Gobal Ice Bucket Challenge helps change lives
Gobal Ice Bucket Challenge helps change the lives of kiwis living with MND
The global social media phenomenon, the Ice Bucket Challenge, has bought in much needed funds for kiwis living with MND and raised unprecedented awareness of the fatal disease says Beth Watson, President of the Motor Neurone Disease Association of New Zealand.
The challenge, known overseas as the ALS Ice Bucket Challenge, sees participants have a bucket of ice water tipped on their head to promote awareness of motor neurone disease (MND) and encourage donations to MND. Beth was an early participant in New Zealand after being challenged by Carol Birks, the President of the International Alliance of ALS/MND Associations.
The challenge has raised at least £1 million (NZ$1.9 million) in the United Kingdom and US$88 million (NZ$105 million) for ALS in the United States where the challenge originated.
In New Zealand, National Manager of the Motor Neurone Disease Association Grant Diggle says it has generated huge interest from the public since it went viral during July and August this year, including around $15,000 in donations when MND NZ usually receives around $2,000 on average, a month.
One person who will undertake the challenge this Saturday is 40-year-old doctor, Claire Reilly from Geraldine, who is living with MND.
“When I was training to be a doctor at Otago this was the disease we all feared the most. That’s because it’s like slowly watching your body die. You’re still the same person you’ve always been but now you’re locked in a body that won’t listen,” says Claire.
“This year about 100 people will die from MND and another 100 will be diagnosed. It doesn’t discriminate and most of those diagnosed will die within two to five years.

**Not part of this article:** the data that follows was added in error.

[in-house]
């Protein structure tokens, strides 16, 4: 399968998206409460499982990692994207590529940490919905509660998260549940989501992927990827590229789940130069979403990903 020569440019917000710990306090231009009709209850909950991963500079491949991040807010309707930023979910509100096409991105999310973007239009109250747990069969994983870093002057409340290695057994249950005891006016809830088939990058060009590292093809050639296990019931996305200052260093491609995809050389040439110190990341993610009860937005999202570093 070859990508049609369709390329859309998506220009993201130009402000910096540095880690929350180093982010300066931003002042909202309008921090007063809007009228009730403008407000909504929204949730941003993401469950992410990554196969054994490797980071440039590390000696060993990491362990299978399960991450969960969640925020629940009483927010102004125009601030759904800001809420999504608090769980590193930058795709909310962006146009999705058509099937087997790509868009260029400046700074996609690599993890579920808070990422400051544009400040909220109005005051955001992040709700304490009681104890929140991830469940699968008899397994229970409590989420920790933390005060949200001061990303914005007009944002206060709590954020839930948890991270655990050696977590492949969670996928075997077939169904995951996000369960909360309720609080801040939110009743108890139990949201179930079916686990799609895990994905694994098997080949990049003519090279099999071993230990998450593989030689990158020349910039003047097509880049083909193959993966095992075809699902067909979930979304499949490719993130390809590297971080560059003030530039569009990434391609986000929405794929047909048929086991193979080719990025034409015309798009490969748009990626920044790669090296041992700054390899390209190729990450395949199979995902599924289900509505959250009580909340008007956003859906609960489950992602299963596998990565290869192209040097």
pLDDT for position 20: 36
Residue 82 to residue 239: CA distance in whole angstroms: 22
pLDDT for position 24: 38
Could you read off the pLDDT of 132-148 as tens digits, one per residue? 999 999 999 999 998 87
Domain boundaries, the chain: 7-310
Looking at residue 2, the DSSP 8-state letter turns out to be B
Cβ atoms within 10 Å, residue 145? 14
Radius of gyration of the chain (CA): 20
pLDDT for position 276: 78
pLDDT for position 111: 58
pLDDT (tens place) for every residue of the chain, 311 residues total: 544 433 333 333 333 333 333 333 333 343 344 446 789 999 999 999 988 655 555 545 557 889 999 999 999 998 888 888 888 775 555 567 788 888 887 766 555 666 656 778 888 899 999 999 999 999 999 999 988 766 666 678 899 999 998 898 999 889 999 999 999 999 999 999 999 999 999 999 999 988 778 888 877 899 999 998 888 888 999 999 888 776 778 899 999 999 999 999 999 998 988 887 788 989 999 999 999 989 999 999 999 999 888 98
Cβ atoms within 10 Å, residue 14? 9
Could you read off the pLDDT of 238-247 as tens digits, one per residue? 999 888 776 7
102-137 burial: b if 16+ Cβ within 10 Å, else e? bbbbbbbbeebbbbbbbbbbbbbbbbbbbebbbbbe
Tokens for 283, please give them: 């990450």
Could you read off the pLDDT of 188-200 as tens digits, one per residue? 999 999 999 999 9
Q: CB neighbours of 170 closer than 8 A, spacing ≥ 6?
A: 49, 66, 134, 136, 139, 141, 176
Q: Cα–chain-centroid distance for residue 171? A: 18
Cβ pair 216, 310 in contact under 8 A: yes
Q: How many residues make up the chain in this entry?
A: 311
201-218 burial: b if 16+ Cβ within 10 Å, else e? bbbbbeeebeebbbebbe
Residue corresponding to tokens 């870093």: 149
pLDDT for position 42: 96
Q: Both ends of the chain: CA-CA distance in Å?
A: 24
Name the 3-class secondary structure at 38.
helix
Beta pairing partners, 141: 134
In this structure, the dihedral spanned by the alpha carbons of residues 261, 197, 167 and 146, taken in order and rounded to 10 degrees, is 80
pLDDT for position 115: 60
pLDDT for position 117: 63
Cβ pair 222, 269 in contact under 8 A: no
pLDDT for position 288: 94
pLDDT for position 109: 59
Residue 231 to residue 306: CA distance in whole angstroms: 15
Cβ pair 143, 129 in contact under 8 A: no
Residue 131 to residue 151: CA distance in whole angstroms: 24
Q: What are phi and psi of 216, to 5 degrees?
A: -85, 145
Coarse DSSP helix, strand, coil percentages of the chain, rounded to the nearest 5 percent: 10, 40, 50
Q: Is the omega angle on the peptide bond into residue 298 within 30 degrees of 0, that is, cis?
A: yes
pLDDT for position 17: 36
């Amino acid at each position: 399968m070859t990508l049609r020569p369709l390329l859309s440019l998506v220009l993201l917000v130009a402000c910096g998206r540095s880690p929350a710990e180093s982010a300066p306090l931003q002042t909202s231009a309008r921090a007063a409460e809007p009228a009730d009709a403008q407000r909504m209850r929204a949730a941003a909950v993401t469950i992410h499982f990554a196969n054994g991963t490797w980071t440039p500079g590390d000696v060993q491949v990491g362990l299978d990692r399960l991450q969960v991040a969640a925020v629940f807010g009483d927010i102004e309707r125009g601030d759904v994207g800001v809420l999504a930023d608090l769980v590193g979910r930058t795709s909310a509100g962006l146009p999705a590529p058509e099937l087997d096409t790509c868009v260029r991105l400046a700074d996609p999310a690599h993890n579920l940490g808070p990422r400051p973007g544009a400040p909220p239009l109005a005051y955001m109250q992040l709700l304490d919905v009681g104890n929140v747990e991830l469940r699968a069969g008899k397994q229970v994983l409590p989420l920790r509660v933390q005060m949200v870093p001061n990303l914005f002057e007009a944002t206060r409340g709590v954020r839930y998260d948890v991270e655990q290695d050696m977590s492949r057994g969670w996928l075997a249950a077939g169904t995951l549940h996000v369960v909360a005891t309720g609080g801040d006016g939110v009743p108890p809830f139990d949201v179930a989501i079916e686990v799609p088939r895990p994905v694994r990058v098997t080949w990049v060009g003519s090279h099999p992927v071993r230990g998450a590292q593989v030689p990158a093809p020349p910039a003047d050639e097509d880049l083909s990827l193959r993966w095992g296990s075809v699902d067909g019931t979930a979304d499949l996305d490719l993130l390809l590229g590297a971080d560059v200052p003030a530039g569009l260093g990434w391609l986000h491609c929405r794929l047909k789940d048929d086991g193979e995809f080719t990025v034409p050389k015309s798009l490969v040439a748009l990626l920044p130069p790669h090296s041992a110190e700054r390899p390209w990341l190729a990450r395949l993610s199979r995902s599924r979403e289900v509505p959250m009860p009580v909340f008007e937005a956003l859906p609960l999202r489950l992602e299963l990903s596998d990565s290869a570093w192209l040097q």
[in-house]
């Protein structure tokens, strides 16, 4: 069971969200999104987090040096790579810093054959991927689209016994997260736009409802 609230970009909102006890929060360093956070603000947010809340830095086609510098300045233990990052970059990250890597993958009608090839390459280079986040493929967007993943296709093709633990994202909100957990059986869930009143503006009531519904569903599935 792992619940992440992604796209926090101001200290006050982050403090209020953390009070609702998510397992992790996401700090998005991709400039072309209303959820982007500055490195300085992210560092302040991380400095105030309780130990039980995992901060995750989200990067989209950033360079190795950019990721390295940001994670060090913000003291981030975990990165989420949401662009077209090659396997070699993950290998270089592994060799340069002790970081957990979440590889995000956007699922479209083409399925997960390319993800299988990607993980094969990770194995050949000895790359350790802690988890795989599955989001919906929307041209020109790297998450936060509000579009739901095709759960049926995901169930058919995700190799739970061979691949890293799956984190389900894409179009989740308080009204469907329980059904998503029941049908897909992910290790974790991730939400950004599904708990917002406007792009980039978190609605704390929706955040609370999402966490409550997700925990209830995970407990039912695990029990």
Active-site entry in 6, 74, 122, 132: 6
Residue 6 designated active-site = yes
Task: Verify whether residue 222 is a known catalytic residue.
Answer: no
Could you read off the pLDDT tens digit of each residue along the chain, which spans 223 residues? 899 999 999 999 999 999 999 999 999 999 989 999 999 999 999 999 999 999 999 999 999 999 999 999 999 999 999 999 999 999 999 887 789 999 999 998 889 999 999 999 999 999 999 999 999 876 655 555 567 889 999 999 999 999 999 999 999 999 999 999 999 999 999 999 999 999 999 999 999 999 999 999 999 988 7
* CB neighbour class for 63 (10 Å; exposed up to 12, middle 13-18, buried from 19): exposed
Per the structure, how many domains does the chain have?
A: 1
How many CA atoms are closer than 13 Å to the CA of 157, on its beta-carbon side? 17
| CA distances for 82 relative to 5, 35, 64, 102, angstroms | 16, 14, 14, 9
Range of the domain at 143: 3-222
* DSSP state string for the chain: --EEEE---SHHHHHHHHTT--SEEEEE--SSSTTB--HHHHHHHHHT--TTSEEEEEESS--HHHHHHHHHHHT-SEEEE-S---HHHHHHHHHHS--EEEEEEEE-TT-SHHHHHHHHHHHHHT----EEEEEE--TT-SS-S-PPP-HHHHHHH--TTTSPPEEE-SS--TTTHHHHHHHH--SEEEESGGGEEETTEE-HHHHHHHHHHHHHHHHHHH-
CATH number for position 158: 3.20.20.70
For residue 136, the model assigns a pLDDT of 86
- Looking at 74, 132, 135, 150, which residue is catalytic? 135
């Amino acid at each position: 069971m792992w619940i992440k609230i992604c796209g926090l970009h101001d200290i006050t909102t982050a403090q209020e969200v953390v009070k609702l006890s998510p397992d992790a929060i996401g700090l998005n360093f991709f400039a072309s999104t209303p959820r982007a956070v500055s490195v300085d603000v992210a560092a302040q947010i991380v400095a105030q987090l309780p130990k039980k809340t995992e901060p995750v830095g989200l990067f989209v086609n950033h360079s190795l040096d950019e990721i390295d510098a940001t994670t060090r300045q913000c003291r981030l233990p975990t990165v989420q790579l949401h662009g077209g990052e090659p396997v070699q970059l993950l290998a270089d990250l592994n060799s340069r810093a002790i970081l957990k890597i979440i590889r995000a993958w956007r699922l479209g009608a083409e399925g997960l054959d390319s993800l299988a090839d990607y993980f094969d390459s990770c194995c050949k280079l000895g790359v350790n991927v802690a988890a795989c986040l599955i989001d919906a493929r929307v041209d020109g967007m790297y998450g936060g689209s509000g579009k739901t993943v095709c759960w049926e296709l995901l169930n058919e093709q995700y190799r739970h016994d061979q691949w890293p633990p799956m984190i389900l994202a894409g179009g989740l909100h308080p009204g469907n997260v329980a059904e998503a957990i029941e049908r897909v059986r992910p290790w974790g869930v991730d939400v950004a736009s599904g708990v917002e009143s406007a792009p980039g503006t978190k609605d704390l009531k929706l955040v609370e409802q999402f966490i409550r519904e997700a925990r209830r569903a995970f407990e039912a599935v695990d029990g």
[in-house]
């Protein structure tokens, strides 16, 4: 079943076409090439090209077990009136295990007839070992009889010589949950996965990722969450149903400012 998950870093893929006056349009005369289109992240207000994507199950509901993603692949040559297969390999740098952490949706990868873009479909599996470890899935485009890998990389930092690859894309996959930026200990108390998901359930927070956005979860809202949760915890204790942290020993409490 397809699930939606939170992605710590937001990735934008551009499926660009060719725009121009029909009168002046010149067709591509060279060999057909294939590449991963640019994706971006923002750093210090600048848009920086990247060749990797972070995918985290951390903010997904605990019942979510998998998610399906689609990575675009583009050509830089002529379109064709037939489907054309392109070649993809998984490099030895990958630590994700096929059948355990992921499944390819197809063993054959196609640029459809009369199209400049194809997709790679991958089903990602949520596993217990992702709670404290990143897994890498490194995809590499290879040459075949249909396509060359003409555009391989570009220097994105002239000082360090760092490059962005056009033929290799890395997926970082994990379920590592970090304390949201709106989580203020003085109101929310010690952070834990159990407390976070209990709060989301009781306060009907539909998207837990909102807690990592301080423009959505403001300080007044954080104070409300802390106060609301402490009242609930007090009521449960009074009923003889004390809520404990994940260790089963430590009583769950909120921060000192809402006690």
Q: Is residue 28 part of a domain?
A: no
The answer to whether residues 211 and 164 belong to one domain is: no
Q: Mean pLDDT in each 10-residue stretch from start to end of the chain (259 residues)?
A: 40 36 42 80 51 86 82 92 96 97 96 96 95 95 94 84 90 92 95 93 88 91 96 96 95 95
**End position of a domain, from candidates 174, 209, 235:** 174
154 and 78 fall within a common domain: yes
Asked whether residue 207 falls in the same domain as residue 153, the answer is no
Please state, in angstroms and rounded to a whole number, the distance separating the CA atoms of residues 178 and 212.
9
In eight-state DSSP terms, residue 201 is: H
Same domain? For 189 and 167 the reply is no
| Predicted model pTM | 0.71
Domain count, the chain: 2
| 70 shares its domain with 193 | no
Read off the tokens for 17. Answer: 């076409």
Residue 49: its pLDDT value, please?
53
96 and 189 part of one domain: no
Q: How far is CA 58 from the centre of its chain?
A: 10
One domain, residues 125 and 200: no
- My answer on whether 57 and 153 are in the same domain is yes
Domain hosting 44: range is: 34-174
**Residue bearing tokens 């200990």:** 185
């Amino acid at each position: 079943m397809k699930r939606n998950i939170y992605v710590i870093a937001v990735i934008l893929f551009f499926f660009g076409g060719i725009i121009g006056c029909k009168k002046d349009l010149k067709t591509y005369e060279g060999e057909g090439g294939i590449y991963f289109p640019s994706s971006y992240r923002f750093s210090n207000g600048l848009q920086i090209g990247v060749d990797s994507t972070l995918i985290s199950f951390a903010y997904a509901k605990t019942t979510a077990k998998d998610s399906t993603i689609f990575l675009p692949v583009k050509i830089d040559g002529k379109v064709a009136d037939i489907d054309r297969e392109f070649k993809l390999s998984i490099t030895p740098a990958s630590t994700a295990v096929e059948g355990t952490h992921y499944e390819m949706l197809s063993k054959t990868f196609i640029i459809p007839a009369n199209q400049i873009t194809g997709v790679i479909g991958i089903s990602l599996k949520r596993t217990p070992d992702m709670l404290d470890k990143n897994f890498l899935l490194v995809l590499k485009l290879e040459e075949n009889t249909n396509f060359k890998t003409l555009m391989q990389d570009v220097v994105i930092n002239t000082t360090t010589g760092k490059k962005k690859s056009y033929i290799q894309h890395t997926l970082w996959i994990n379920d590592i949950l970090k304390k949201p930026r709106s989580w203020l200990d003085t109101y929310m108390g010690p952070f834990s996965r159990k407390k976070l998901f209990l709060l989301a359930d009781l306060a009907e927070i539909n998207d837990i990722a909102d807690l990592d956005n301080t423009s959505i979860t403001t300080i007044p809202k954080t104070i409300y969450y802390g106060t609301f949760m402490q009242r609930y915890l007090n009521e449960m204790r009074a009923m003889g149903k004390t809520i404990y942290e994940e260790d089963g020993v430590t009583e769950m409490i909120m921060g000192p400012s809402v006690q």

“I’m hoping that by tipping a bucket of water over my head that I can do something about this dreadful illness,” says Claire.
The association thanks Claire and other New Zealanders who have undertaken the challenge or supported those who have.
“We are really humbled by Claire’s efforts. As if having MND isn’t challenging enough,” Grant says.
“We’d like to thank everyone who has rallied around the cause and supported people living with MND in New Zealand – we welcome any donation big or small. The funds will be used to help people with MND in New Zealand get the right help at the right time. Funding our fieldworkers is an ongoing challenge for us.
“While the amount of money and awareness raised here is small by global standards, it is significant for the near 300 people in New Zealand currently living with MND and will certainly help the Association to support them as they battle with this illness,” says Grant.
“And the massive amount of money raised globally is certainly good news for kiwis with MND if it helps to fund an eventual treatment,” he says.
you would like to take the challenge you can find more
information at www.mnda.org.nz. If you’d prefer to stay
warm and dry you can still get involved and support MND by
making a valuable donation